Help to Buy 'timebomb' as five-year anniversary looms

Help to Buy 'timebomb' as five-year anniversary looms

Thousands of those who used the government's Help to Buy mortgage scheme could be hit with expensive fees on their loans, as they come to the end of their five-year interest free period in the next few months.

The equity loan scheme, which is just about to reach its five-year anniversary, allowed buyers to make use of a five-year interest-free loan from the government of up to 20 per cent of the value of a property so that they could get on the housing ladder.

Now as these loans mature, customers will need to start paying rising fees on these equity loans or come up with another plan.

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After five years is up, borrowers must pay a fee of 1.75 per cent of the value of their loan, increasing each year by RPI plus 1 per cent, unless they can pay the loan off, usually by remortgaging.

The Help to Buy scheme only applied to newbuild homes, and mortgage brokers and other experts are warning that customers may be left paying expensive fees if they do not have the equity left in their homes to remortgage, especially since newbuild homes don’t always increase in value at the same speed as other homes.

“It’s going to be a very big problem,” said Bob Riach from Riach Financial Advisers. “I told people to avoid these schemes, but those who did will struggle, especially where newbuilds have been overpriced.”

He said he had already had one client in this situation, where the couple wanted to sell a Help to Buy property because of a divorce.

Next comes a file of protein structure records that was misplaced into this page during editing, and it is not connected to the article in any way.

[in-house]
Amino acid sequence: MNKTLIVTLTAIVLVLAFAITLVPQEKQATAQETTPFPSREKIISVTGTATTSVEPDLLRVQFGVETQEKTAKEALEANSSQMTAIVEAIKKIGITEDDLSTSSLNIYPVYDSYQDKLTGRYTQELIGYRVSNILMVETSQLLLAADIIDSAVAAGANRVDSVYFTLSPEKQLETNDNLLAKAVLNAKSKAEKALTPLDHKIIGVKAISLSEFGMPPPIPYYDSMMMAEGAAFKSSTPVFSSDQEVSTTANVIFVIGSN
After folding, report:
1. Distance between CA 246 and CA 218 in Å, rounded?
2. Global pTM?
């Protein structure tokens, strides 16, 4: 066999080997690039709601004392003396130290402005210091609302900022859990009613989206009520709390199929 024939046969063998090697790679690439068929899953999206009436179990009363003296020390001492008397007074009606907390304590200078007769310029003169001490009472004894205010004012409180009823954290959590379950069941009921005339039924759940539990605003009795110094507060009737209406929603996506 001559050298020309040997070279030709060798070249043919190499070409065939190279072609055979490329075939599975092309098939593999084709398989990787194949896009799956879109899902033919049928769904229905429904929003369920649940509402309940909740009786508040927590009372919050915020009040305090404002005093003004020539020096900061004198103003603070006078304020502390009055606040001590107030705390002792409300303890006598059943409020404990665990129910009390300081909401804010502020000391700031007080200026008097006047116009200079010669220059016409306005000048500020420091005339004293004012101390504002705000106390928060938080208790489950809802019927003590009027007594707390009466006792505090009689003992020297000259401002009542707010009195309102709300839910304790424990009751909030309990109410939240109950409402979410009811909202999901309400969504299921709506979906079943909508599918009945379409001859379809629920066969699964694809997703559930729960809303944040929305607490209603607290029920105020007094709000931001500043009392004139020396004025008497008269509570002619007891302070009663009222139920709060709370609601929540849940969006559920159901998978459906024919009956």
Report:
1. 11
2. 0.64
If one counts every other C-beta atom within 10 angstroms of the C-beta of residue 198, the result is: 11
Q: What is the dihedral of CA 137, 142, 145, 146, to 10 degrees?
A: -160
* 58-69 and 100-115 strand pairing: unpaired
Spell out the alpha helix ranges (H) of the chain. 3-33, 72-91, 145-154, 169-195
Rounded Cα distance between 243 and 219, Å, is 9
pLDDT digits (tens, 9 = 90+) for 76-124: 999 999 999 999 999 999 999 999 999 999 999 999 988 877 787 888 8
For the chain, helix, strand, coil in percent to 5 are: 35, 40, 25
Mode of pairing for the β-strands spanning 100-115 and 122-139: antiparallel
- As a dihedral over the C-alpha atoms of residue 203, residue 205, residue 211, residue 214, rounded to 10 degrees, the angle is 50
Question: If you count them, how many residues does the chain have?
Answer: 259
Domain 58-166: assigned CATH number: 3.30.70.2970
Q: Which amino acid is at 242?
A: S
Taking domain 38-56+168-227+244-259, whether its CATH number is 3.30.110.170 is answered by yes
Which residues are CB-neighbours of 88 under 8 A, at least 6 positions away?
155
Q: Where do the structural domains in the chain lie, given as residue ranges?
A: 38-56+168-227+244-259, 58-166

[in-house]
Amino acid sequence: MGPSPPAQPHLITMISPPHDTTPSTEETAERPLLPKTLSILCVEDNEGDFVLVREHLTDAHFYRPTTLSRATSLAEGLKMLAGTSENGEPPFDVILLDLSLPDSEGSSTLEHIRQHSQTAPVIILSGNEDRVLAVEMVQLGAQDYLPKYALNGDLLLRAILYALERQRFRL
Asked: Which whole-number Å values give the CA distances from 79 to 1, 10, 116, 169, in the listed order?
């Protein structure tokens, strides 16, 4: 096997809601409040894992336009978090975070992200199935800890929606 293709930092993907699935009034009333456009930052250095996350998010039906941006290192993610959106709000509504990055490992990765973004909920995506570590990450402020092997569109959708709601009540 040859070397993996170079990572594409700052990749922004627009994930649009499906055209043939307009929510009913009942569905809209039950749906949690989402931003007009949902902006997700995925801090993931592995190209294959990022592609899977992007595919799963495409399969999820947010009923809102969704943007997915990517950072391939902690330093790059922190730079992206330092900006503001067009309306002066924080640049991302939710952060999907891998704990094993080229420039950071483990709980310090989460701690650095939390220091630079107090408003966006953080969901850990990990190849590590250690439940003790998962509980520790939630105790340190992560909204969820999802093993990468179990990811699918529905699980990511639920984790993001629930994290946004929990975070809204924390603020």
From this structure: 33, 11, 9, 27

“In that case there was just enough equity, but it won’t always be the case, and there was nothing left,” he said.

Thinktank the Resolution Foundation said the loans were “a ticking timebomb”.

The group calculated those who used Help to Buy back in 2013 will pay an average of £652 this year on their loan if they live outside London or £927 if they live in the capital.

Few lenders offered Help to Buy mortgages, with Mr Riach saying that most Help to Buy customers have mortgages with Nationwide and Halifax.

“I don’t see that it is really the lenders’ problem to do anything about it though,” he added.

“People can remortgage if they have the equity, but not if they haven’t.”

So far there have been few mortgage products made available aimed at those with Help to Buy mortgages that they need to remortgage or pay expensive fees.

However, there are some signs of movement, with Ipswich Building Society introducing a new ex-Help to Buy remortgage offering late last month.

The society said that all of its products  will be available to Help to Buy applicants, at up to 95 per cent LTV, and its standard mortgage assessment and affordability calculation, through its manual underwriting process, will apply.

“We are pleased that we can help borrowers moving away from a Help to Buy mortgage and through our expert manual underwriting we’ll continue to specialise in real mortgages for real people, who have unusual or complex occupations and find themselves categorised as ‘mortgage misfits’, otherwise ignored by other high-street lenders,” Richard Norrington, CEO, Ipswich Building Society, said.